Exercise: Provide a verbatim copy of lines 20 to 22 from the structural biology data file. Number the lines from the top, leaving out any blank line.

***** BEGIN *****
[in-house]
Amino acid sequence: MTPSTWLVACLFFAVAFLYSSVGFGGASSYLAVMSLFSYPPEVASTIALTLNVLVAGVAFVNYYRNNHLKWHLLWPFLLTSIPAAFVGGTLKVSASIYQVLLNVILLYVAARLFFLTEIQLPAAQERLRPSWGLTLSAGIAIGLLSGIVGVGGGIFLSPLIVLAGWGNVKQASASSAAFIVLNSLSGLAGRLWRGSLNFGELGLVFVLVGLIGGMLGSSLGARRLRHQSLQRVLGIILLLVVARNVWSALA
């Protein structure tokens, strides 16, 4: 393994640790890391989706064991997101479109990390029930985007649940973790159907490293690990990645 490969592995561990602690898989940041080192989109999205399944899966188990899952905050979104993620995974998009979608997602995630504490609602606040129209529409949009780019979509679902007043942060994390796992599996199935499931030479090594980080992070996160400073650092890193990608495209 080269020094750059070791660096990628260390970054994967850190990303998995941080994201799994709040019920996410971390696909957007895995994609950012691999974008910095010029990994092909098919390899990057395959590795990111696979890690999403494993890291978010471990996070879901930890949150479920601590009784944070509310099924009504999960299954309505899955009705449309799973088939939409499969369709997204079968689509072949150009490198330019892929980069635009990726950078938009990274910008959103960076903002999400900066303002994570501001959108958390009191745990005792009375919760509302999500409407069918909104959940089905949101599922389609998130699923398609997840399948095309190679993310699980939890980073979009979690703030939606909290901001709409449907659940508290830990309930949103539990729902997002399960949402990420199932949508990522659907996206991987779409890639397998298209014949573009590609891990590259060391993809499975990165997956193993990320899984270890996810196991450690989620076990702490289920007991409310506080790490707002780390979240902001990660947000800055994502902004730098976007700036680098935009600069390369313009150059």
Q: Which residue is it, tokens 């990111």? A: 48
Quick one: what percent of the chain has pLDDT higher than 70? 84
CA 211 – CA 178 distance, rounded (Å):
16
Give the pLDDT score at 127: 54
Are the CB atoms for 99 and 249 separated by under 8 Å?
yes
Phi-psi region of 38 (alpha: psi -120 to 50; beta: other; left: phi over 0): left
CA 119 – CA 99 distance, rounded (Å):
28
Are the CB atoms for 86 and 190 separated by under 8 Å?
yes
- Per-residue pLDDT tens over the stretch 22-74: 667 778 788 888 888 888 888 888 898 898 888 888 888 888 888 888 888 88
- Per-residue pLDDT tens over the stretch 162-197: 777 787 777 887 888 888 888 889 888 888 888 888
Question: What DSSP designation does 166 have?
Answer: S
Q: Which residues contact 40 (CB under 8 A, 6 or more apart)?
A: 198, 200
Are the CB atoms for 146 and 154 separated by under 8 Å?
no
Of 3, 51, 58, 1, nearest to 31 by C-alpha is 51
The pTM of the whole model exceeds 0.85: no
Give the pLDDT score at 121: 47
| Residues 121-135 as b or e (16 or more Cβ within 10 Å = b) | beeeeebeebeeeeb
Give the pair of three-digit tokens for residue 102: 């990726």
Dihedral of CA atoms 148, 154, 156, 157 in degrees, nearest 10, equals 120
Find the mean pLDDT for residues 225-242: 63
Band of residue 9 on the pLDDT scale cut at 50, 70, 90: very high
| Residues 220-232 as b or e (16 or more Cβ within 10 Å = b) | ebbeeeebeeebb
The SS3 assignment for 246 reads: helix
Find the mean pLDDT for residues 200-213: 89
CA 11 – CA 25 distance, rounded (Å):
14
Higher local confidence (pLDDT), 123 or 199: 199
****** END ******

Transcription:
Q: Which residues contact 40 (CB under 8 A, 6 or more apart)?
A: 198, 200
Are the CB atoms for 146 and 154 separated by under 8 Å?